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Photo Credit: courtesy Calgary Flames/Adidas

Top 40 Calgary Flames: #7 Gary Suter

This coming May is the 40th anniversary of the Atlanta Flames moving to Calgary. To commemorate this occasion, we’re counting down the Top 40 Calgary Flames in history.

#7 on the countdown is Gary Suter.

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Taken late in the 1984 draft out of college, Suter returned to school for an impressive sophomore year and then was lured to go pro by the Flames. His first year was superb, as he put up 68 points and was second among all NHL freshmen in points. (He had nearly triple the points of the next-best rookie defender, primarily on the basis of 39 power play points.)

From there, Suter was a clockwork reliable offensive defender. He was a strong distributor of the puck, and his overall offensive output tended to vary only with his five on five shooting percentage. His worst offensive season was 55 points. His best offensive season was 91 points, bolstered by a career high of 14 even strength goals and 31 even strength points.

Suter was in the shadow of Al MacInnis for much of his Flames run, but he got a lot of attention from awards voters. He received votes for the Norris on three different occasions and even finished eighth in Hart voting in 1987-88. He hoisted a Stanley Cup in 1989.

Much like the rest of the ’89 Cup team, Suter was shipped away during the early ’90s as the crashing Canadian dollar and his relatively advancing age made it difficult to keep him. The swap to Hartford was good for the Flames, but Suter spent less than a day as a Whaler before he was flipped to Chicago.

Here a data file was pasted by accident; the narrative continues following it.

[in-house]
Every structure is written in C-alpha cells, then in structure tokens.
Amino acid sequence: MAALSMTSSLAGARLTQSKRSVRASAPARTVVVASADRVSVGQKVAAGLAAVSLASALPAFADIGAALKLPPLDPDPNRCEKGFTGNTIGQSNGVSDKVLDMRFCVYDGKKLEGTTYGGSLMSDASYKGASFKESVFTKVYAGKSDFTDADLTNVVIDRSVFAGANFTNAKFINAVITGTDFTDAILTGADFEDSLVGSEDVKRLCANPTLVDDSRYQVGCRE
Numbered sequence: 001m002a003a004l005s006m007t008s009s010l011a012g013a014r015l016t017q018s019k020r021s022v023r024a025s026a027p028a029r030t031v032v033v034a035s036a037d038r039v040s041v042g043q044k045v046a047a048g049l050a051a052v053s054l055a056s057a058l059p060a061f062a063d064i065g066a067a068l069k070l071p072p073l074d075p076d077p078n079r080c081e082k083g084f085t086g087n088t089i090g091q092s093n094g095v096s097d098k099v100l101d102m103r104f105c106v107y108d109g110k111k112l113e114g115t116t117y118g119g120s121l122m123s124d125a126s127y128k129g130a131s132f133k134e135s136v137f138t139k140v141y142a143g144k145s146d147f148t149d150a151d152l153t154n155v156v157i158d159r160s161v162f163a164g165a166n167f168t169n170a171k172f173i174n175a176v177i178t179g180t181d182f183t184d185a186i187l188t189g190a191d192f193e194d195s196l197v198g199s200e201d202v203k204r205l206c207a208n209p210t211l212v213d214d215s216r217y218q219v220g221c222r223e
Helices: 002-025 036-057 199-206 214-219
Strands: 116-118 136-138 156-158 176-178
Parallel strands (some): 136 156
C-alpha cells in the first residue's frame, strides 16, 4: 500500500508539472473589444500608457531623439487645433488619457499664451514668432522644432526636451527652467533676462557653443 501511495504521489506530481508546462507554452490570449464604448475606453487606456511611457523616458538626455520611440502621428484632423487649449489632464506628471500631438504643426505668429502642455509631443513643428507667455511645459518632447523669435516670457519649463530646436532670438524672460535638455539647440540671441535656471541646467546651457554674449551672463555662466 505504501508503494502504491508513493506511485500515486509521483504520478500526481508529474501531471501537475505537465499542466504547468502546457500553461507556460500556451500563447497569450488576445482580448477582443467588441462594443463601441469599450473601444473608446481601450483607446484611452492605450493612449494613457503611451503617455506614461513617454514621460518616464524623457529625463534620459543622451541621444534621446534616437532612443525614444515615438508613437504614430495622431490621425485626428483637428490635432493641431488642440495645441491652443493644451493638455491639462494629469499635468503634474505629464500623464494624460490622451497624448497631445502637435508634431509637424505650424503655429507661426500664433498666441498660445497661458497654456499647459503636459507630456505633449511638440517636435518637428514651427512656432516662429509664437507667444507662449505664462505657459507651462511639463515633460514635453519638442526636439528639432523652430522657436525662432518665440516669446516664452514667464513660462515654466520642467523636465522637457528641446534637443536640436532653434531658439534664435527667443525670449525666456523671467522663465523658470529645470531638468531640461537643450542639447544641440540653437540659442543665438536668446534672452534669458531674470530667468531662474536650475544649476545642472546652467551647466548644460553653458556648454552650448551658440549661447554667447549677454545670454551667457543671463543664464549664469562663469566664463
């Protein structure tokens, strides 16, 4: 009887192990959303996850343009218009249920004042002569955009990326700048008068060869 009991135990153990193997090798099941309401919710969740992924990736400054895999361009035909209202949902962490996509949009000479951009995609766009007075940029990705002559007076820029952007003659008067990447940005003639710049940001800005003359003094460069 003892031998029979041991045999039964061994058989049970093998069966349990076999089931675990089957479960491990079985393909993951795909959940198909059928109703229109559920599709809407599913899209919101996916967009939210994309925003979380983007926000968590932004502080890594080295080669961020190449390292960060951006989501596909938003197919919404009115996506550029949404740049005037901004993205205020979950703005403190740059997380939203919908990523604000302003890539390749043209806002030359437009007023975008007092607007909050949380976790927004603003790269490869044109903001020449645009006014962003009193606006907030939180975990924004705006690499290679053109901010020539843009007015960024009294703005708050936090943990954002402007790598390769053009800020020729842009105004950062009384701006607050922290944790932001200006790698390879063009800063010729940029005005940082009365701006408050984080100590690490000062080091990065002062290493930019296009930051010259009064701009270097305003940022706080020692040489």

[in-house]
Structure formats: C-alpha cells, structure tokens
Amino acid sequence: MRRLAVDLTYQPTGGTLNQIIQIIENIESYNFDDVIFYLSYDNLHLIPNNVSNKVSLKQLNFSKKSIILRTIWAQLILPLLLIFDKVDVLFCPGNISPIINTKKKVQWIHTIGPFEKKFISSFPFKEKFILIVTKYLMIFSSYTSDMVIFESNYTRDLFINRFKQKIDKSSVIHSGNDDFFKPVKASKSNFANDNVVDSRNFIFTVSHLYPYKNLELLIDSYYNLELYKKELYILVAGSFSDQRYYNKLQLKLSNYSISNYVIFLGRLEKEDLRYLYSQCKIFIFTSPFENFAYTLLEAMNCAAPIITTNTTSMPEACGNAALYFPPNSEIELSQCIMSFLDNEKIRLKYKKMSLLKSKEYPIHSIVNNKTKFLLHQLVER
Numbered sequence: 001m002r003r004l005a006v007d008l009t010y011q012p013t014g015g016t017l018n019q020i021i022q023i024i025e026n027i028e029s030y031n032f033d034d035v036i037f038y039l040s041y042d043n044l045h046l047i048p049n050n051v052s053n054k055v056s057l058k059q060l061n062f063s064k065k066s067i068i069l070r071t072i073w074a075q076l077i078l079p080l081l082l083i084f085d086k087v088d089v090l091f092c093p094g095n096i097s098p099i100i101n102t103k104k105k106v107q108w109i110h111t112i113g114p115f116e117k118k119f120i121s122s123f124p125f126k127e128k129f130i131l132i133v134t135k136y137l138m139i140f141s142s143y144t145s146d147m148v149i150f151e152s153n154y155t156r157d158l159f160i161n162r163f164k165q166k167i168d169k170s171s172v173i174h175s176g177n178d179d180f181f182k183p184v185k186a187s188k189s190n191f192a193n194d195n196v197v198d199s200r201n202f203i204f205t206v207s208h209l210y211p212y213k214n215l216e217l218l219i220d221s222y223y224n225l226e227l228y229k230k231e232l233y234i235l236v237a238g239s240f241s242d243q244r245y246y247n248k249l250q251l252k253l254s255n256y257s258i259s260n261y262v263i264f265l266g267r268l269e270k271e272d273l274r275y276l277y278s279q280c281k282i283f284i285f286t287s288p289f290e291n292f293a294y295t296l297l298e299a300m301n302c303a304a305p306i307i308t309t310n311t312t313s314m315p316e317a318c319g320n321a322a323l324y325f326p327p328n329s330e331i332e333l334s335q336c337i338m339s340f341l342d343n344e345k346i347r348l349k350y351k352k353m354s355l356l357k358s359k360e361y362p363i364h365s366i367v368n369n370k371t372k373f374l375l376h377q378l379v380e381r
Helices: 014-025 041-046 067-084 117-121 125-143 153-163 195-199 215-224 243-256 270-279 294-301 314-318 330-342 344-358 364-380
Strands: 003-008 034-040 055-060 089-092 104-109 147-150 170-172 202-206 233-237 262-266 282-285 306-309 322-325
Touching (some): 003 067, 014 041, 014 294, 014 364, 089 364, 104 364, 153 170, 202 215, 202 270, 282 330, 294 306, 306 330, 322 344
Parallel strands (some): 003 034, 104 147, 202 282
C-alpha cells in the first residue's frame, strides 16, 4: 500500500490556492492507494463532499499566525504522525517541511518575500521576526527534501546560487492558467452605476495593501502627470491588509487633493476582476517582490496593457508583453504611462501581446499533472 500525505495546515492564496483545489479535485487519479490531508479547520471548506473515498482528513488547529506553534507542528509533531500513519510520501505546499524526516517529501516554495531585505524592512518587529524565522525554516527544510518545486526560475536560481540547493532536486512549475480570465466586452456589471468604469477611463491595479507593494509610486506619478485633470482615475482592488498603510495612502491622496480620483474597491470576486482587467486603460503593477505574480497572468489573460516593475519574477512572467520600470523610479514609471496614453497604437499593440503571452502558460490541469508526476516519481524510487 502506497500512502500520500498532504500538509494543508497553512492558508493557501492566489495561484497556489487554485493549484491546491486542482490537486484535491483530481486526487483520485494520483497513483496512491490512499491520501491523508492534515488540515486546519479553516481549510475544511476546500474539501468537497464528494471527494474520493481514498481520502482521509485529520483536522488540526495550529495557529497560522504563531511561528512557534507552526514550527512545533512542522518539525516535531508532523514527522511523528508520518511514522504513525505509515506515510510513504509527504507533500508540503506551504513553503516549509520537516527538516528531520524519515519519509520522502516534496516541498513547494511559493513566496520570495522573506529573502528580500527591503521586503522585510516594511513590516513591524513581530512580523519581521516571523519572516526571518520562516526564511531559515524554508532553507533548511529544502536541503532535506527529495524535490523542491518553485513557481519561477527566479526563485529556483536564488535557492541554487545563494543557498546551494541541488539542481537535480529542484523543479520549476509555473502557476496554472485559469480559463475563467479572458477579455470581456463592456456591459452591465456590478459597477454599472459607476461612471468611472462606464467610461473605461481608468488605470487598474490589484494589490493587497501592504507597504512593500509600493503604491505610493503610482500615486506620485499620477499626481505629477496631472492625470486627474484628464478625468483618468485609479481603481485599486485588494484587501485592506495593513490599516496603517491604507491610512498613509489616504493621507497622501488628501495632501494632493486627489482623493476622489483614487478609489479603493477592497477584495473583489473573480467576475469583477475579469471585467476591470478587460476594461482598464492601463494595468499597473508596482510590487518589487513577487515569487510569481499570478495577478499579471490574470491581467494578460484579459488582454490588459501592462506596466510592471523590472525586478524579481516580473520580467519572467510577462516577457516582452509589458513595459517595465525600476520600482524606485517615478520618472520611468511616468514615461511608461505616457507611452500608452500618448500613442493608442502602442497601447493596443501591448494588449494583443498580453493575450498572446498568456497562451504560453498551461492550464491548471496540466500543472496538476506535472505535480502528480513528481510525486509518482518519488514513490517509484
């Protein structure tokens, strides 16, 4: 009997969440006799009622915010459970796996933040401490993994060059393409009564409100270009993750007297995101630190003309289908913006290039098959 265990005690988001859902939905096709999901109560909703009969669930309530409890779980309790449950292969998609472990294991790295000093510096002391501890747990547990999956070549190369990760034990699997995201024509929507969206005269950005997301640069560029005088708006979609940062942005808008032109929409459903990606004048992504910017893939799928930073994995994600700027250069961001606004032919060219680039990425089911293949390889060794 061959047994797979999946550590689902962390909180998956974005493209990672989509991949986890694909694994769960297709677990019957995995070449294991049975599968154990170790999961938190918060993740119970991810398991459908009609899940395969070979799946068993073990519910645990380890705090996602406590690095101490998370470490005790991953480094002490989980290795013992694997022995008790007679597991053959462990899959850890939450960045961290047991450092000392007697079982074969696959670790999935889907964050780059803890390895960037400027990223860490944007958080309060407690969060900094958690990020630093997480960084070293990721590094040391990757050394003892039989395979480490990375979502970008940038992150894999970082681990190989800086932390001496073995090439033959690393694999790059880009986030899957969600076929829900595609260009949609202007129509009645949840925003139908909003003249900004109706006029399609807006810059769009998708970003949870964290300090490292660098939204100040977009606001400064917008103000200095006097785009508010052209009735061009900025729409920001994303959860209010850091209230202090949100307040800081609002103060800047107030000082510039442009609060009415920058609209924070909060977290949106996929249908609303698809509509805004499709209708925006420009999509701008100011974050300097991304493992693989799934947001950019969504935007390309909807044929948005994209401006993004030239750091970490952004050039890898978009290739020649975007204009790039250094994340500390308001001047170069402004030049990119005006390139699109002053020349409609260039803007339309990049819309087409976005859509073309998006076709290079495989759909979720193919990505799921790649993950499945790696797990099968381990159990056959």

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Suter wasn’t a complete defender, but he was a damn good offensive presence. If you had a power play and he was on the ice, you knew you were going to get a few strong scoring chances. He’s #7 on our list.

Seasons GP G A P +/- PIM
1985-94 617 128 436 564 +93 872

Arrival: Selected in the ninth round, 180th overall, in the 1984 NHL Entry Draft (June 9, 1984)

Departure: Traded with Paul Ranheim and Ted Drury to Hartford for James Patrick, Zarley Zalapski and Michael Nylander (March 10, 1994)

Awards: 1989 Stanley Cup winner; 1985-86 Calder Trophy winner; 1987-88 Second Team All-Star

Top 40 Calgary Flames: HM Martin Gelinas | HM Al Coates | HM Bob Johnson | HM Darryl Sutter | HM Cliff Fletcher | #40 Brad Marsh | #39 Matt Stajan | #38 Jiri Hudler | #37 Dion Phaneuf | #36 Guy Chouinard | #35 Phil Housley | #34 Matthew Tkachuk | #33 Cory Stillman | #32 Curtis Glencross | #31 Jamie Macoun | #30 Carey Wilson | #29 Reggie Lemelin | #28 TJ Brodie | #27 Alex Tanguay | #26 Daymond Langkow | #25 Sergei Makarov | #24 Craig Conroy | #23 Robert Reichel | #22 Paul Reinhart | #21 Doug Gilmour | #20 Mikael Backlund | #19 Jim Peplinski | #18 Joel Otto | #17 Tim Hunter | #16 Joe Mullen | #15 Sean Monahan | #14 Robyn Regehr | #13 Mike Vernon | #12 Kent Nilsson | #11 Hakan Loob | #10 Lanny McDonald | #9 Johnny Gaudreau | #8 Gary Roberts